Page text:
Arria 10 devices offer more features and capabilities than today's current high-end FPGAs, at 15 percent higher performance. Reflecting the trend toward silicon convergence, Arria 10 FPGAs and SoCs offer the highest degree of system integration available in midrange devices, including 1.15 million LEs, integrated hard intellectual property and a second-generation processor system that features a 1.5 GHz dual-core ARM Cortex-A9 processor. Arria 10 FPGAs and SoCs also provide 4X greater bandwidth compared to the current generation, including 28-Gbps transceivers, and 3X higher system performance, including 2666 Mbps DDR4 support and up to 15-Gbps Hybrid Memory Cube support.
Development Suite Delivers Breakthrough Productivity to Generation 10
Generation 10 devices are supported by Altera's Quartus II development software and tools for higher level design flows that include a software development kit for OpenCL, a SoC Embedded Design Suite and DSP Builder tool. This leading-edge development tool suite enables design teams to maximize productivity while making it easier for new design teams to adopt Generation 10 FPGAs and SoCs in their next-generation systems. The Quartus II software will continue to deliver the industry's fastest compile times by providing Generation 10 FPGAs and SoCs an 8X improvement in compile times versus the previous generation. The substantial reduction in compile times is the result of leading-edge software algorithms that take advantage of modern multi-core computing technologies.
Early access customers are currently using the Quartus II software for development of Arria 10 FPGA and SoCs. Initial samples of Arria 10 devices will be available in early 2014. Altera will have 14 nm Stratix 10 FPGA test chips in 2013 and Quartus II software support for Stratix 10 FPGAs and SoCs in 2014. For more information, visit www.altera.com/gen10, or contact your local Altera sales representative.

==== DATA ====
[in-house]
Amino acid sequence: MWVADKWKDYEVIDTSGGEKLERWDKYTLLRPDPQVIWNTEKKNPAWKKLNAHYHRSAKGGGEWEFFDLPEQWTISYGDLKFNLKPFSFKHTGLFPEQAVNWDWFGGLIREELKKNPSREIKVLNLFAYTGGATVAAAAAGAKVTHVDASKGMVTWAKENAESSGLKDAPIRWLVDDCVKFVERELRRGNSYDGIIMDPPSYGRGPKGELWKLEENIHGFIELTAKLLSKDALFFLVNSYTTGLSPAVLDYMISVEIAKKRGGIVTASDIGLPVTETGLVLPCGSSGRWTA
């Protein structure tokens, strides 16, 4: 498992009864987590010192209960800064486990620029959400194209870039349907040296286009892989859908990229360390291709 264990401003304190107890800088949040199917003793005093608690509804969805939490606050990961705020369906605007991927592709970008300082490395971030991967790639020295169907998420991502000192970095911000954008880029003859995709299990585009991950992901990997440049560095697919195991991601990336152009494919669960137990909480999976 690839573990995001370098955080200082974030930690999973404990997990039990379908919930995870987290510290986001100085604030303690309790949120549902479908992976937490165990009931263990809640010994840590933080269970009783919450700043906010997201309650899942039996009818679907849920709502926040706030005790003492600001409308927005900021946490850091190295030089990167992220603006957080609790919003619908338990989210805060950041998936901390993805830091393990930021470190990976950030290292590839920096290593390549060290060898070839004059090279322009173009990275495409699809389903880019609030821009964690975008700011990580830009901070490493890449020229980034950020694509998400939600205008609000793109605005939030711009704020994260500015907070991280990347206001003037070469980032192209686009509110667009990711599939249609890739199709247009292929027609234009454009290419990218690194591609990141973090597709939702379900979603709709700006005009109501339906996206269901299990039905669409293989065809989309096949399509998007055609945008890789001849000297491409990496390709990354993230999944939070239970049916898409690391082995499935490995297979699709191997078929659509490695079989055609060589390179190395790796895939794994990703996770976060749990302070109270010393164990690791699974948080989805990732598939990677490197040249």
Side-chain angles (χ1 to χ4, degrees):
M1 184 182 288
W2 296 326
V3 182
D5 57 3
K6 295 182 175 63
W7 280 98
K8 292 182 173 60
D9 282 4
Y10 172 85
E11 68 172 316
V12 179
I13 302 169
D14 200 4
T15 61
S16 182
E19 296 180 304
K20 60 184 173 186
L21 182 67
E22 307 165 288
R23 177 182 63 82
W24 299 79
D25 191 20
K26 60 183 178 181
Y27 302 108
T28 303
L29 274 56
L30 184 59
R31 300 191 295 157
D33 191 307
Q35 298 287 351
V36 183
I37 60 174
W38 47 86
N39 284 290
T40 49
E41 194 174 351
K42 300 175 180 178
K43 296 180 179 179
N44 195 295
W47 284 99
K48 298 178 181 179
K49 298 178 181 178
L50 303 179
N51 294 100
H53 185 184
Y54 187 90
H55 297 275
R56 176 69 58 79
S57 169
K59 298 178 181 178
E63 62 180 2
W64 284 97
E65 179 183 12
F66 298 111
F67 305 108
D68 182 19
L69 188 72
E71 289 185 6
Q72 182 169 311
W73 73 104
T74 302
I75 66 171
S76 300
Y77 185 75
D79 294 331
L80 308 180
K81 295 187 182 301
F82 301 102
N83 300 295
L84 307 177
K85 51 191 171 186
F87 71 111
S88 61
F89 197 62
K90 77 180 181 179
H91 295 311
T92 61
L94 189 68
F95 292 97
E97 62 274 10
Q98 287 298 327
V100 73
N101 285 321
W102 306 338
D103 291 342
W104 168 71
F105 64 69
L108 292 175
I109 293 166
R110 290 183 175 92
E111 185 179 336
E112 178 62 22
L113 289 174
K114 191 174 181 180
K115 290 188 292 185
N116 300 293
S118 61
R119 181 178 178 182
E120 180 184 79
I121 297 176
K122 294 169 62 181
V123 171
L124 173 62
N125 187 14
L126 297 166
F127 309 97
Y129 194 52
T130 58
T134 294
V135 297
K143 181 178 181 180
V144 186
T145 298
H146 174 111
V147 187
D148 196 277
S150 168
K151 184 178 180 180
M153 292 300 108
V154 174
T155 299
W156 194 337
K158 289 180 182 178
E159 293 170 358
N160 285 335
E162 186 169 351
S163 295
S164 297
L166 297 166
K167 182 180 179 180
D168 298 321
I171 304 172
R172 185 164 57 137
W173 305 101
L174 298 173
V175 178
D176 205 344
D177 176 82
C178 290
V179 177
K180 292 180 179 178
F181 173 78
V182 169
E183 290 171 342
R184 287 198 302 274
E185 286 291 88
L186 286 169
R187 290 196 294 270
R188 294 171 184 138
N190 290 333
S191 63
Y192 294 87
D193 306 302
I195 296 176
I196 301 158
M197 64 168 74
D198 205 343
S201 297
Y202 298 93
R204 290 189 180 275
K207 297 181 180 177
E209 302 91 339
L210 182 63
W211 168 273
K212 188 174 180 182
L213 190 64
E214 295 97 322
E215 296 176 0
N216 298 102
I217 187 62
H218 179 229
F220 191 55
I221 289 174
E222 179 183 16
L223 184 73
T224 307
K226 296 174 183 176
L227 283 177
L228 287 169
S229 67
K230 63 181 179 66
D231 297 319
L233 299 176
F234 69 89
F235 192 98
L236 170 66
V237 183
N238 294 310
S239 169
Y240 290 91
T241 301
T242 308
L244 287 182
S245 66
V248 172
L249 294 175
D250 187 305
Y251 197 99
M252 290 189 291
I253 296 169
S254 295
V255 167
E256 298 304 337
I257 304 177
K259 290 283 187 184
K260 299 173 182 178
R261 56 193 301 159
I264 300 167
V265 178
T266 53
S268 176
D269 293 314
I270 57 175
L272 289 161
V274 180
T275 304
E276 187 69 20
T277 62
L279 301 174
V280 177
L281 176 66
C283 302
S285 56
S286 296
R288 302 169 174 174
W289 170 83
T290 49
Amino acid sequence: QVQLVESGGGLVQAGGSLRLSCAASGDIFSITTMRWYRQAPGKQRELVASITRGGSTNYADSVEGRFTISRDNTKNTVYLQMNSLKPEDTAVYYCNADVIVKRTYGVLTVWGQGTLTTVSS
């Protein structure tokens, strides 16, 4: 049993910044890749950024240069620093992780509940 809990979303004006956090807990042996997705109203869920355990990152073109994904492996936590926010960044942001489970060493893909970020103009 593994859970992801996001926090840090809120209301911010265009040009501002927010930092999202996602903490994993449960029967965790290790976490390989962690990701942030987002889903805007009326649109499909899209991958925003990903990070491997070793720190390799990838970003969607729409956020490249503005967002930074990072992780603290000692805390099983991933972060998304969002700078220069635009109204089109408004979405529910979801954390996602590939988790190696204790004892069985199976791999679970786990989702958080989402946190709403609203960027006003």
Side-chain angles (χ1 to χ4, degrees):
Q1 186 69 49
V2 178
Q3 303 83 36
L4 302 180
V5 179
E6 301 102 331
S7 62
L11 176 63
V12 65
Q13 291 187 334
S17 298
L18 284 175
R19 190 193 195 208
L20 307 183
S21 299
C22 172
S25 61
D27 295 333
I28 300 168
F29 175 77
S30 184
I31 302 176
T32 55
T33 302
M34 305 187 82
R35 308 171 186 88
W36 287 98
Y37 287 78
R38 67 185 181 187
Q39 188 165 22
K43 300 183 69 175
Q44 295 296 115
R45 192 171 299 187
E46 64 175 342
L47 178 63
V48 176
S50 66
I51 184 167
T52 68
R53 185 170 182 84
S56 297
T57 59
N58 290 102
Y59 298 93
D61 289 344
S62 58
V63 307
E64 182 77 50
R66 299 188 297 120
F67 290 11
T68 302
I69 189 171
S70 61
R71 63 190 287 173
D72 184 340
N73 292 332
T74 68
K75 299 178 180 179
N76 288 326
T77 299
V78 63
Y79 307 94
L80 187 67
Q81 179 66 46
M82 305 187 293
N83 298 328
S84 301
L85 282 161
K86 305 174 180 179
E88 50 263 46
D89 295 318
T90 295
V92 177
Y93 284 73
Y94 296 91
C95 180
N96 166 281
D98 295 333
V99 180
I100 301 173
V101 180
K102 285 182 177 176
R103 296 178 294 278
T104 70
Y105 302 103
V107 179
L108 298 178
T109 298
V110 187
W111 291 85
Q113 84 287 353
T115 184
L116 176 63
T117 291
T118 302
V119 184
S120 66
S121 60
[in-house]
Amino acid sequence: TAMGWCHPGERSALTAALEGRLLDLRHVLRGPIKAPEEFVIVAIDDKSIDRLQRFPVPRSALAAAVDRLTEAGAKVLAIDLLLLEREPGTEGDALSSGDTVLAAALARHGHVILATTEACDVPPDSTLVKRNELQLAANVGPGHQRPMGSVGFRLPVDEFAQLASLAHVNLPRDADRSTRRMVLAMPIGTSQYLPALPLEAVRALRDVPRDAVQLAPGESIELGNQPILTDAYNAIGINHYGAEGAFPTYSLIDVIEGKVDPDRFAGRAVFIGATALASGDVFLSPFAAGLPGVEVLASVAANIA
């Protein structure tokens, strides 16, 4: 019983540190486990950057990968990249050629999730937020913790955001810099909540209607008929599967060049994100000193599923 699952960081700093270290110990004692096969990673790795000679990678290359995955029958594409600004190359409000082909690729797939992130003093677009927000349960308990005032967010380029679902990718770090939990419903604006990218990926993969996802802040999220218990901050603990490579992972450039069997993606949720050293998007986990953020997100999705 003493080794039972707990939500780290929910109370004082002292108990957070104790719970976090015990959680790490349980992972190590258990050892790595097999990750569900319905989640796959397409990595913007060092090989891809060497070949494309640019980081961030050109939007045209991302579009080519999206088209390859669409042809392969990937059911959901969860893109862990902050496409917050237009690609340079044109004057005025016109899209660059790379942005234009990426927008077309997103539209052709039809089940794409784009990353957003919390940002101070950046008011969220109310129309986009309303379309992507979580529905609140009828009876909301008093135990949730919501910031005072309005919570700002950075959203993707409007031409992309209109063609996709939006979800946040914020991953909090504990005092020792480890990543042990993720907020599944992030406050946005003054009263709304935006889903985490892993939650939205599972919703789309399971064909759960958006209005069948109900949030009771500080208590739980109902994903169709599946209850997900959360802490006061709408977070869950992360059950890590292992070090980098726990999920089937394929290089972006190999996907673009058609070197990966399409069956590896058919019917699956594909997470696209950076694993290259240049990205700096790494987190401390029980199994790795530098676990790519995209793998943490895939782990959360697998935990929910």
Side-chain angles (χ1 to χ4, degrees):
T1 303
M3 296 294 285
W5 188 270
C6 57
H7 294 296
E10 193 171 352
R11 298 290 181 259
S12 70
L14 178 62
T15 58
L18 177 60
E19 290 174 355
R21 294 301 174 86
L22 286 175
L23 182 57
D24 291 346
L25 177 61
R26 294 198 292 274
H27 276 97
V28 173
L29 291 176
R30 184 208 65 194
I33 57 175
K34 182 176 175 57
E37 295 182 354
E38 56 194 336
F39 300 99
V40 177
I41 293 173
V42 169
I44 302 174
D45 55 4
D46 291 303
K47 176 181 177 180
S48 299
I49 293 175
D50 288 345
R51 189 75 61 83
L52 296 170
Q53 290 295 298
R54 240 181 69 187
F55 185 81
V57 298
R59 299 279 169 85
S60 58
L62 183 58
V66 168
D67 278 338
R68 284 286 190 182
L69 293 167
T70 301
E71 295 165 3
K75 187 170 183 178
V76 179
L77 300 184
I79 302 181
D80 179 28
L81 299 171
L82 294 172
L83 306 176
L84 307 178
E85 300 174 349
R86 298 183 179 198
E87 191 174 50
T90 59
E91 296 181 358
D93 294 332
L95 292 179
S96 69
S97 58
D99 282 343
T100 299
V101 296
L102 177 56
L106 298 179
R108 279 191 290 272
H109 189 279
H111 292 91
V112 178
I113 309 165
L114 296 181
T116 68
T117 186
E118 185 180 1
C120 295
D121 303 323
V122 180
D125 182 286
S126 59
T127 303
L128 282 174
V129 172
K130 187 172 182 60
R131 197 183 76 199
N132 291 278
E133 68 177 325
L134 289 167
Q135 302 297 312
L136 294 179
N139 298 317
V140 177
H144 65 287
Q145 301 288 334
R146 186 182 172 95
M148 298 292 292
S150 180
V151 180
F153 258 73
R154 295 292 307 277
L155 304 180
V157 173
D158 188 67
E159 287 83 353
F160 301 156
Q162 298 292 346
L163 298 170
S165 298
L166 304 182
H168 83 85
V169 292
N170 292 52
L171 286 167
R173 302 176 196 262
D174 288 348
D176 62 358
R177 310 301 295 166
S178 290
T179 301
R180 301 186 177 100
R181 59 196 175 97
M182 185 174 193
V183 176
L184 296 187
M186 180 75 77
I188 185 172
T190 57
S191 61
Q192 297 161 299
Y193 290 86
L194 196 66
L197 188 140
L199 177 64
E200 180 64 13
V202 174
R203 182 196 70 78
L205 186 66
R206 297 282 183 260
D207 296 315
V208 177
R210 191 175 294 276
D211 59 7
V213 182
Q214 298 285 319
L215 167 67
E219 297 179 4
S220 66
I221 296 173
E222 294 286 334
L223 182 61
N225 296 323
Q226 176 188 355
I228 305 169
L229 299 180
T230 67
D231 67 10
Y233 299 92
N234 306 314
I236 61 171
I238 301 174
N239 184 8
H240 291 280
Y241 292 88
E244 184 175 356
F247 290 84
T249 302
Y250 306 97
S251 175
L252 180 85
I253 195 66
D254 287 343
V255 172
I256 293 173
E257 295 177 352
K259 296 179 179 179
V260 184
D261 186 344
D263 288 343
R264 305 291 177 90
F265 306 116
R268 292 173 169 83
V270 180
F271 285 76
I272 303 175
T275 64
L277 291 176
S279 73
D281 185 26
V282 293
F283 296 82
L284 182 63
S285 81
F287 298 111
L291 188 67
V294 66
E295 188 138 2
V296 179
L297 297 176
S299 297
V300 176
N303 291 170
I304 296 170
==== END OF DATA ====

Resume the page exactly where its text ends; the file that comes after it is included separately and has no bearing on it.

Altera programmable solutions enable designers of electronic systems to rapidly and cost effectively innovate, differentiate and win in their markets. Altera offers FPGAs, SoCs, CPLDs, ASICs and complementary technologies, such as power management, to provide high-value solutions to customers worldwide. Follow Altera via Facebook, Twitter, LinkedIn, Google+and RSS, and subscribe to product update emails and newsletters.
Source: Altera Corporation
10/30/2013 | Cray, DDN, Mellanox, NetApp, ScaleMP, Supermicro, Xyratex | Creating data is easy… the challenge is getting it to the right place to make use of it. This paper discusses fresh solutions that can directly increase I/O efficiency, and the applications of these solutions to current, and new technology infrastructures.
10/01/2013 | IBM | A new trend is developing in the HPC space that is also affecting enterprise computing productivity with the arrival of “ultra-dense” hyper-scale servers.
Ken Claffey, SVP and General Manager at Xyratex, presents ClusterStor at the Vendor Showdown at ISC13 in Leipzig, Germany.
Join HPCwire Editor Nicole Hemsoth and Dr. David Bader from Georgia Tech as they take center stage on opening night at Atlanta's first Big Data Kick Off Week, filmed in front of a live audience. Nicole and David look at the evolution of HPC, today's big data challenges, discuss real world solutions, and reveal their predictions. Exactly what does the future holds for HPC?